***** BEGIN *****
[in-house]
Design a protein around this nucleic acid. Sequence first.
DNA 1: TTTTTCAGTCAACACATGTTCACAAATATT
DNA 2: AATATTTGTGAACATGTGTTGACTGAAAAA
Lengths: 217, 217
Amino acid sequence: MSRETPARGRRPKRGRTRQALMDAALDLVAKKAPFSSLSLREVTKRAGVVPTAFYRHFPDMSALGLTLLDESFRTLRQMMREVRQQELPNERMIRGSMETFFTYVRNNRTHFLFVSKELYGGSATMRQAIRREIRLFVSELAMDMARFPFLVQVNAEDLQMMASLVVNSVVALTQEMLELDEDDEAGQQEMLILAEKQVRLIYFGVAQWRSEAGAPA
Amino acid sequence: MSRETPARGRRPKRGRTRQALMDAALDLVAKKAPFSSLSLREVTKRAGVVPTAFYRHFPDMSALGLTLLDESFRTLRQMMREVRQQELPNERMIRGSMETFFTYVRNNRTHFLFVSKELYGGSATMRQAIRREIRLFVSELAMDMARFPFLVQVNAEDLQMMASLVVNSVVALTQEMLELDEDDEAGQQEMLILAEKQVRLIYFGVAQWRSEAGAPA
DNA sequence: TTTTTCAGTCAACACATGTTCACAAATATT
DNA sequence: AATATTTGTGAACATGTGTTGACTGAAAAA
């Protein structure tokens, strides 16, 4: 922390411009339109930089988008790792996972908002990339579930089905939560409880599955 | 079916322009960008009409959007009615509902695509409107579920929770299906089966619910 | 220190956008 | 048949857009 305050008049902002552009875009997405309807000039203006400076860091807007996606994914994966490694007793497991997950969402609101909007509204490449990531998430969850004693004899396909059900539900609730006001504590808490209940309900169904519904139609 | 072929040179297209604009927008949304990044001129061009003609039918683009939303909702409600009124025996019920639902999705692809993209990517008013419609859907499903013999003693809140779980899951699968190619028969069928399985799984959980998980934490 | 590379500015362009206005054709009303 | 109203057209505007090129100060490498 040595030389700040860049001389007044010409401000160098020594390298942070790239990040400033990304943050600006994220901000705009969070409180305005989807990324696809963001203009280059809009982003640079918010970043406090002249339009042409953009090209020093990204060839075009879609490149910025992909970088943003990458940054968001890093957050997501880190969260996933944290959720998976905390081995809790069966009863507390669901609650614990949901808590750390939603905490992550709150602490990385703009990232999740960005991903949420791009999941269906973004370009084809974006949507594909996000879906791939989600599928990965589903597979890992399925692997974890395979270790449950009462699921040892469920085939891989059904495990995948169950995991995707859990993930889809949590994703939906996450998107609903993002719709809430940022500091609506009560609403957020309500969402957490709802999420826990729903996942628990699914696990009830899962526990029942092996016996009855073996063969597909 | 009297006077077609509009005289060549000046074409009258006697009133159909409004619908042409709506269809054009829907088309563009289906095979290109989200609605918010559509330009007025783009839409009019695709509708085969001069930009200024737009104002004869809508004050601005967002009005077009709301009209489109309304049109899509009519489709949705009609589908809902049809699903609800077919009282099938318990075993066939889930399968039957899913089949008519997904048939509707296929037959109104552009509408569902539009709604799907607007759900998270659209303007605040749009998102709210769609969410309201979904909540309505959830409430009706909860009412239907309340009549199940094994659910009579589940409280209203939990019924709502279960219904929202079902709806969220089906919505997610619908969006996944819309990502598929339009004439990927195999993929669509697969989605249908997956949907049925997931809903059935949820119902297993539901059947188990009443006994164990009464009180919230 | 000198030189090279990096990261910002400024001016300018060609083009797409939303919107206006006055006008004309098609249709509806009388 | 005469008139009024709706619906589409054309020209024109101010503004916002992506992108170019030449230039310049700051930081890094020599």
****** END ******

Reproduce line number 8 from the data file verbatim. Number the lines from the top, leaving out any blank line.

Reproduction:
DNA sequence: TTTTTCAGTCAACACATGTTCACAAATATT